After parking in the lot and suiting up, we waited for the bus to come and pick us up to take us to the glacier trail head. The first part of the trail was really smooth and easy to hike and took us up onto a switch-back course where you could look out over the valley and see the mountains covered with Aspen trees just beginning to turn for Fall. The Aspens made a yellow stripe through the evergreen pines and it was so very pretty. The color of yellow the Aspens sported was the color of a squash, and the leaves on the ground looked like slices of squash, ready to be eaten.

After about a half mile, the trail became rugged, taking us around the top of the mountain. From that point on, the hike became alternately easy, then moderate until we got to the first lake, The Locke.

The Locke was (at its entrance) somewhat small, and opened out into the space between the mountains, becoming bigger and bigger in the middle, then at the other end becoming smaller and smaller until it disappeared into the waterfall region of the mountains where we were headed. We decided to eat lunch on a big rock overlooking the Locke. While I sat on my rock, Friend #1 went down to the waterside to eat his sandwich, where a beautiful Grey Jay flew down on a limb above his head to watch him eat. Then another Grey Jay flew in on the same limb to also watch him eat. I heard a scurrying up behind me and turned to see a chipmunk staring at my sandwich. I turned back around and thought about the warnings of “Do Not Feed The Animals.” Just then, I saw Friend #1 throw a piece of bread down on the ground for the jays to eat and thought, “Maybe we shouldn’t feed these birds because THEY, in fact, are animals...” About that time one of the jays bombed Friend #1’s hand, knocking the rest of his sandwich to the ground and in a flurry, snatched it up and took off. Meanwhile, the chipmunk was alternately running at me from different directions in what I now believe to be an attempt at making me think he was not one, but many chipmunks, and that I would become scared and give up my food to the army of chipmunks who were waging a war at me. Then, all of a sudden, a duck flew out of the trees and began to go after Friend #2. And when Friend #2 got up and moved away, the duck came after me! I was laughing almost too hard to move or defend myself. We decided to get the hell out of our peaceful spot of respite, and on our way out, we stopped to warn the hikers spreading out their lunch on a poolside rock to beware of the animals. We could hear their surprised cries and laughs as we got down the trail and knew that they had not seriously heeded our warnings.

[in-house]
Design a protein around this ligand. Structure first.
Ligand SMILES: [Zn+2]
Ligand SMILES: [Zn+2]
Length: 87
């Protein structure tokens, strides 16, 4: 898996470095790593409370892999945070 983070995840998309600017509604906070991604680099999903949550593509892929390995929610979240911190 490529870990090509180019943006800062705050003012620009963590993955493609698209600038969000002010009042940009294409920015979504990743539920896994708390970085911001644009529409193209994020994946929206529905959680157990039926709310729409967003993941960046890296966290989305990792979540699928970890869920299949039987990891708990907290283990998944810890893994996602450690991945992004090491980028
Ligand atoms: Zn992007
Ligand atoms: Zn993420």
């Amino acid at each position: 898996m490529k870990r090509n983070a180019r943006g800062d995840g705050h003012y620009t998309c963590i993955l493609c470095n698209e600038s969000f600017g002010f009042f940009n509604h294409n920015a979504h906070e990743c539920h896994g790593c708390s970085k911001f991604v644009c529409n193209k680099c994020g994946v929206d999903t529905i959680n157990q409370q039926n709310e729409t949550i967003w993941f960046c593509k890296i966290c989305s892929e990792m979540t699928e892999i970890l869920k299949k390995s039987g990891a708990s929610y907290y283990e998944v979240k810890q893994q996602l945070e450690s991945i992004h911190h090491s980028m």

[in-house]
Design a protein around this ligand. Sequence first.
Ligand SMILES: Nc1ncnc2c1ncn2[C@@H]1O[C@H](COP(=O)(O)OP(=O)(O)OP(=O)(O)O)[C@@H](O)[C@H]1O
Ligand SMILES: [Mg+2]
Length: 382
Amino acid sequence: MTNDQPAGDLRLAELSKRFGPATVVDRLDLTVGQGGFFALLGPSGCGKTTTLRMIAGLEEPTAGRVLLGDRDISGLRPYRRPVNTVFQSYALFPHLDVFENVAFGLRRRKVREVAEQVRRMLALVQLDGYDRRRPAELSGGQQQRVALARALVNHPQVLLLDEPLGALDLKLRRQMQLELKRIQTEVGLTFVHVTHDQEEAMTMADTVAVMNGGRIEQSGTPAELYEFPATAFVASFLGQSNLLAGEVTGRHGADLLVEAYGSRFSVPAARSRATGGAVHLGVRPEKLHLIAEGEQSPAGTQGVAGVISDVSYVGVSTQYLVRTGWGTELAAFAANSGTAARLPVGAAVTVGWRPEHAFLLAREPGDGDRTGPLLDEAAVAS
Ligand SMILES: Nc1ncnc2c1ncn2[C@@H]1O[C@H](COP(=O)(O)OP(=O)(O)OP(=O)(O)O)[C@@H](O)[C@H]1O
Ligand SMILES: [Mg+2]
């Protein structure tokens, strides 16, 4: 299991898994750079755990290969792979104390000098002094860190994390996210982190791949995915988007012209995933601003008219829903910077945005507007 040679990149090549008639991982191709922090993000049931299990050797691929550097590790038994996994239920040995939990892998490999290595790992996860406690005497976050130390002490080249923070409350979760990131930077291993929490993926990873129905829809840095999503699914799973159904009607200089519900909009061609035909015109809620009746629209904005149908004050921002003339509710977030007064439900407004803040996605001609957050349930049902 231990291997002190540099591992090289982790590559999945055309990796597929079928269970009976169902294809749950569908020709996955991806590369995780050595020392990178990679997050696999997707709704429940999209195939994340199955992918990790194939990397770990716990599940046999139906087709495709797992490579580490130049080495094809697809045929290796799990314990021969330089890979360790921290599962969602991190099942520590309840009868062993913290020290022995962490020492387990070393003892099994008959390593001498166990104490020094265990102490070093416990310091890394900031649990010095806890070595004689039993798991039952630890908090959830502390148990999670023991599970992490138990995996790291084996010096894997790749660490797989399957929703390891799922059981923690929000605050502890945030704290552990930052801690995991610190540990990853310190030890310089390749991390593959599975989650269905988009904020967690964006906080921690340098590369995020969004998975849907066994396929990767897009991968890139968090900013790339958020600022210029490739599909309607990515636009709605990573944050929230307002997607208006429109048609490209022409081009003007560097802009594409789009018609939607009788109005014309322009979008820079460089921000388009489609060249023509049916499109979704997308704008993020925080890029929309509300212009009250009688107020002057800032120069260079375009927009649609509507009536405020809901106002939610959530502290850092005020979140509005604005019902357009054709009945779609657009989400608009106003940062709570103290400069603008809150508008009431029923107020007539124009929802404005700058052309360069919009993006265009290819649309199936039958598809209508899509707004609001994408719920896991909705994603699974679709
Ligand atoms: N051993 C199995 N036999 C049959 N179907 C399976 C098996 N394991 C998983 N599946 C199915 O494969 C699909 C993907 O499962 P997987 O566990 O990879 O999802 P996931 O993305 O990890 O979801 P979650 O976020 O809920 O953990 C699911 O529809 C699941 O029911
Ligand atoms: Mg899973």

We headed along the trail until we got up to a point of incline where the hiking was about to turn into rock scrambling and climbing, and decided to rest. We began talking to this lone hiker from Iowa who was a former art teacher and outdoors enthusiast who was now retired. And because his wife had been diagnosed with rheumatoid arthritis and couldn’t hike anymore, he hiked alone. Iowa would catch up with us periodically and pass, and then we would pass him, back and forth, throughout the remainder of the hike. While walking beside me, he described the glacier lakes at the top and said he would see us there. And then he took off.

The climb to the lakes was at times tricky, but we went slowly and made it to the first lake called Lake of Glass. Clouds had moved into the area at that point and we had to put on our hooded jackets to stay warm. As he promised, we met up with Iowa again and he encouraged us to keep going up to the next lake, the last lake, called Sky Lake. He said it was most beautiful, and that you could see the glaciers really well there. We all took off, including Iowa, and hiked into the top lake. Oh, what a site it was! The clouds moved out just as we were coming into the clearing, so the lake reflected half blue sky and half grey. The color of the water was a teal/emerald. There were rock pyres on one side resembling the Eiffel Tower, while on the other side were remnants of the glaciers. The glaciers looked like smooth grey glass. They were a lot smaller than I had hoped them to be (one dreams of enormous glaciers) but the drought had decreased their size considerably the last couple of years.

We enjoyed the sight and rested there at Sky Lake for about an hour, testing the water temperature (very cold) and eating a snack for return hiking energy and then began our descent. We lost Iowa for awhile as he took an alternate route down the mountain, but we caught up with him again and hiked together till we got back to the Locke. That is where I sat down with him for awhile as he talked about how much he missed hiking with his wife. This time, when we parted, it was for the last time. I’m sure when he got back to his wife at campsite that evening, he had a lot to say about those crazy kids from Alabama he met up with on the trail.

The rest of our trip was just getting home and finding real food. We had buffalo burgers and beer at the Wyncoop Brewery and then went home. I was in bed by eight.

I hope you enjoyed this tale, and I encourage you to share it with my lovely sister as I will not be typing this damn story again for her benefit regardless of how much love I have for her. I love and miss you all! c

And so ends the story of Tag Team Wildlife...